Thus, if a transfer meets the three “ordinary course of business” factors, it will be considered to have been made for an adequate and full consideration in money or money’s worth. Treas. Reg. § 25.2512-8. A transaction between family members, however, is subject to special scrutiny, and there is a presumption (which can be overcome by the taxpayer) that a transfer between family members is, ipso facto, a gift. See Frazee v. Commissioner, 98 T.C. 554, 561 (1992); Harwood v. Commissioner, 82 T.C. 239, 258 (1984).
When a Transfer is Complete
A transfer is complete once the donor executes transfer instruments (if any) or otherwise “parts with dominion and control” over the property. See Burnet v. Guggenheim, 288 U.S. 280, 286 (1933); Carrington v. Commissioner, 476 F.2d 704 (5th Cir. 1973), aff’g T.C. Memo. 1971-222; Estate of Metzger v. Commissioner, 100 T.C. 204, 208 (1993), aff’d, 38 F.3d 118 (4th Cir. 1994); Treas. Reg. § 25.2511-2(b). Although the petitioners and the IRS agreed that the petitioners transferred the limited partnership interests in Longspar, and such transfer was complete, the parties disagree as to whether the petitioners transferred Longspar limited partner interests of $2m and $20m, as the petitioners contend, or percentage interests of 6.14% and 58.65%, as respondent contends.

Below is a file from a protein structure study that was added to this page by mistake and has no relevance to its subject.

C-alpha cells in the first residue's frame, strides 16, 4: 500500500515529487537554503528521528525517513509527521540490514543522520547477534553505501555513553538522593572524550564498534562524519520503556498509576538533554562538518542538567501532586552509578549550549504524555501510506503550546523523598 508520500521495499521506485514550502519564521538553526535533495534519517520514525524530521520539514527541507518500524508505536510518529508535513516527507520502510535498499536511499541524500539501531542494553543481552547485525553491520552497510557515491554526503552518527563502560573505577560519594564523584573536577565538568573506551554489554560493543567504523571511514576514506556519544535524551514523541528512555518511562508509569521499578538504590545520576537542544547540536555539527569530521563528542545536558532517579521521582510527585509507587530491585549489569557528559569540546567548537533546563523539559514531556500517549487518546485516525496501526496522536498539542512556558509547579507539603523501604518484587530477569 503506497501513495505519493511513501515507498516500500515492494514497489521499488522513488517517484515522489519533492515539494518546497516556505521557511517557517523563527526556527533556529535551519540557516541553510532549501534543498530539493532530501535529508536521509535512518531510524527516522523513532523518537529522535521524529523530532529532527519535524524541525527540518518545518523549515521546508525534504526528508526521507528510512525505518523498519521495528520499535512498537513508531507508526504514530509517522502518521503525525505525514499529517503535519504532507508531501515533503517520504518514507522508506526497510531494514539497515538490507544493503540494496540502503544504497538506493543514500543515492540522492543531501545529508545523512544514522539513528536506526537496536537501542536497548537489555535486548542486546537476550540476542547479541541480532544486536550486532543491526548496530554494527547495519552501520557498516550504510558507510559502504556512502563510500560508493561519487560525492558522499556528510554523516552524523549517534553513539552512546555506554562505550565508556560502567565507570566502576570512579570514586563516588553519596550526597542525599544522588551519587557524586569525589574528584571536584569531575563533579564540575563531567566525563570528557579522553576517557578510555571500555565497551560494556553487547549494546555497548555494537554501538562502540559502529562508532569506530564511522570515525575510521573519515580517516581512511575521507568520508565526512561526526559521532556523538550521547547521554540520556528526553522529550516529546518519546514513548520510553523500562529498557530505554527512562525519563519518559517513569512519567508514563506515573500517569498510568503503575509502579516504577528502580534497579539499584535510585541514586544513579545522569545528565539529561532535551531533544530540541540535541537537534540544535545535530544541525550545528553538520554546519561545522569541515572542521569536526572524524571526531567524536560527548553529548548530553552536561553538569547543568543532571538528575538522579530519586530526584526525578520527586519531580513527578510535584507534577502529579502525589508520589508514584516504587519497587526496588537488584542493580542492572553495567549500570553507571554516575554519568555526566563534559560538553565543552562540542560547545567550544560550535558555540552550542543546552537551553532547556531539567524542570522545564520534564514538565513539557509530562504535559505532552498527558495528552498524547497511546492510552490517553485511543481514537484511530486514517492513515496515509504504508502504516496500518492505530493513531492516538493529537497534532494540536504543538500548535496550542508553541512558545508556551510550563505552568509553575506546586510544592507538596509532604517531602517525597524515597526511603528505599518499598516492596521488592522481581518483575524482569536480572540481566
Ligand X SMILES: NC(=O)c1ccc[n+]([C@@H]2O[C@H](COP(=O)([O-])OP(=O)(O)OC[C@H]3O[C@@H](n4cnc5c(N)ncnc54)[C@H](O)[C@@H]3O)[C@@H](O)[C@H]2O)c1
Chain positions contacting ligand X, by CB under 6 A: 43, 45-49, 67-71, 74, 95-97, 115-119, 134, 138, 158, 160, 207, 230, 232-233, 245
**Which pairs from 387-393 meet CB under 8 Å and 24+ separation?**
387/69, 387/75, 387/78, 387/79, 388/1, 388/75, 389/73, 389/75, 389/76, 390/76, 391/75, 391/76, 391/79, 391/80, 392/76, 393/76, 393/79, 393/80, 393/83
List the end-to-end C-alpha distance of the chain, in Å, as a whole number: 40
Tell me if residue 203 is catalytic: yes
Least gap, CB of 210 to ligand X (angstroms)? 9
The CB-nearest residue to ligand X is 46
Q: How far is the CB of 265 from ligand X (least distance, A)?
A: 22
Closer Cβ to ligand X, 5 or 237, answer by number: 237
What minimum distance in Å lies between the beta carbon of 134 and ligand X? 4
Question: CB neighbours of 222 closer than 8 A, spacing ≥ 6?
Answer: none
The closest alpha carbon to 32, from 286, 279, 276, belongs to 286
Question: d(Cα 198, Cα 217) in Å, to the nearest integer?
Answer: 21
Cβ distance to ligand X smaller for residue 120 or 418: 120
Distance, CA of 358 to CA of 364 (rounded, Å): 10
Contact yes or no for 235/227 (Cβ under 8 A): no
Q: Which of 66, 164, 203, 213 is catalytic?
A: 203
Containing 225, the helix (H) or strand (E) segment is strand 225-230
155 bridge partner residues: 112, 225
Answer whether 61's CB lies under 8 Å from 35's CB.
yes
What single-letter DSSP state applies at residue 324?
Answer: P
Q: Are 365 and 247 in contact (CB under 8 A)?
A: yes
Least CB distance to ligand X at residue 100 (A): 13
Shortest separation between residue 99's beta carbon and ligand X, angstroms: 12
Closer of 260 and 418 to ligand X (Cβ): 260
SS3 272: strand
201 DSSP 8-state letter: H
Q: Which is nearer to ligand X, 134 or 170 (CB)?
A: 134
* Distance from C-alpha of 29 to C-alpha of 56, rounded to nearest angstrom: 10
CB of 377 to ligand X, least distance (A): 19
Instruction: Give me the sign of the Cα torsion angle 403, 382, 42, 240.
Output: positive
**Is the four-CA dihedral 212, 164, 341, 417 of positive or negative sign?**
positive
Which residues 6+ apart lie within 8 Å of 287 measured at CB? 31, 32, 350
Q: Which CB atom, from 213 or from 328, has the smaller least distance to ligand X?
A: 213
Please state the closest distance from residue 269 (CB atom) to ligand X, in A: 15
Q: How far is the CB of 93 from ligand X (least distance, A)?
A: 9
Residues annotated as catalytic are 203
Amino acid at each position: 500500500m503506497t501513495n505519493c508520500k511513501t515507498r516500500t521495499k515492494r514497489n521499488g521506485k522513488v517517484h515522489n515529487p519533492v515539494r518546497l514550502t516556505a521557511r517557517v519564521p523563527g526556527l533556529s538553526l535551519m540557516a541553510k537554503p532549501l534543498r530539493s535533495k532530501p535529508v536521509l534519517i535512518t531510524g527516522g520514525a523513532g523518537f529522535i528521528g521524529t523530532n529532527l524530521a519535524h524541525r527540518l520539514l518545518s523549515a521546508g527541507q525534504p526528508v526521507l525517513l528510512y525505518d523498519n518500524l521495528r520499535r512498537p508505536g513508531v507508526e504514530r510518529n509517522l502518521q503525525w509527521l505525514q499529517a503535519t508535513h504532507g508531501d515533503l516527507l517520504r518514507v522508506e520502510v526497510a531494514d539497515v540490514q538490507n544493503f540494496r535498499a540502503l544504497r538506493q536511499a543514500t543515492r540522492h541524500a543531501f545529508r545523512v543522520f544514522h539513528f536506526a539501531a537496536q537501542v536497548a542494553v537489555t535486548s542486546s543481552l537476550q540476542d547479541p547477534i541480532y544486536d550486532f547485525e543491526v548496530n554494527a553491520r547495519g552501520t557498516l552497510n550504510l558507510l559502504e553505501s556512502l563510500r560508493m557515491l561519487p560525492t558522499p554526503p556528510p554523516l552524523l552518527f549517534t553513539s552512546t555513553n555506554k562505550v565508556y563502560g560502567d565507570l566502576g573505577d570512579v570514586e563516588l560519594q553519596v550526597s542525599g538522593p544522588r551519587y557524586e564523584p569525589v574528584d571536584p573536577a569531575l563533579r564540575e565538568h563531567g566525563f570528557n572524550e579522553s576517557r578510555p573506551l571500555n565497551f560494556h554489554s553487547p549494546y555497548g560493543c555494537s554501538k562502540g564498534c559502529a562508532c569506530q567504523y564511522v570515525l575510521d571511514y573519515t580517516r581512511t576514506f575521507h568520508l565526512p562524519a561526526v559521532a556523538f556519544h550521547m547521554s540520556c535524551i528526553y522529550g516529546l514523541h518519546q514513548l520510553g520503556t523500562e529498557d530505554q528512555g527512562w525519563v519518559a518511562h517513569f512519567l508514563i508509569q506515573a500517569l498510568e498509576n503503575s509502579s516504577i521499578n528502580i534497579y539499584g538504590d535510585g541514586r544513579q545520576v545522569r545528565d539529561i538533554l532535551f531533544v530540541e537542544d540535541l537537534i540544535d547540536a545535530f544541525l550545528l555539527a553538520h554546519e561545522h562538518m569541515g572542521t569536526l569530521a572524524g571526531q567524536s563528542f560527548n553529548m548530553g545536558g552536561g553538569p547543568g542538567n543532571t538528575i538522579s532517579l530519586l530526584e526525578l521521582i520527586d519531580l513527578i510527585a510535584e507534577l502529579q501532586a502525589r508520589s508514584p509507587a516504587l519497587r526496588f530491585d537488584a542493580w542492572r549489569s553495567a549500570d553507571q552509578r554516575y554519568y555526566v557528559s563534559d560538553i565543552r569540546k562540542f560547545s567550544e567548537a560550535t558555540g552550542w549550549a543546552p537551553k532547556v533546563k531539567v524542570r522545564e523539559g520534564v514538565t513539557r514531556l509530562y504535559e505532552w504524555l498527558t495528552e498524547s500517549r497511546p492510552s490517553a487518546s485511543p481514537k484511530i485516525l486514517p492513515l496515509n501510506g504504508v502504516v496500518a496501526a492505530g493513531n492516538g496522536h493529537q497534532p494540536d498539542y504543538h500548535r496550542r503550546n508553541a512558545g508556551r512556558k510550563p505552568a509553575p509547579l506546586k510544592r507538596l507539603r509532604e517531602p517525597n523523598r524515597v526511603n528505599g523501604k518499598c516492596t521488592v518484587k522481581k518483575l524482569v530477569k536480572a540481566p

The Tax Court looks to the transfer documents rather than subsequent events to decide the amount of property given away by a taxpayer in a completed gift. See Estate of Petter v. Commissioner, T.C. Memo. 2009-280, *12; Succession of McCord v. Commissioner, 461 F.3d 614, 627 (5th Cir. 2006); Commissioner v. Procter, 142 F.2d 824 (4th Cir. 1944). The petitioners argue that the transfer instruments show that petitioner-wife transferred specific dollar amounts, not fixed percentages, citing a series of cases that have respected formula clauses as transferring fixed dollar amounts of ownership interests. In each of those cases the Tax Court respected the terms of the formula, even though the percentage amount was not known until fair market value was subsequently determined, because the dollar amount was known. Wandry v. Commissioner, T.C. Memo. 2012-88, *4; Hendrix v. Commissioner, T.C. Memo. 2011-133, *5-*9; Estate of Petter, T.C. Memo. 2009-208, *11-*16.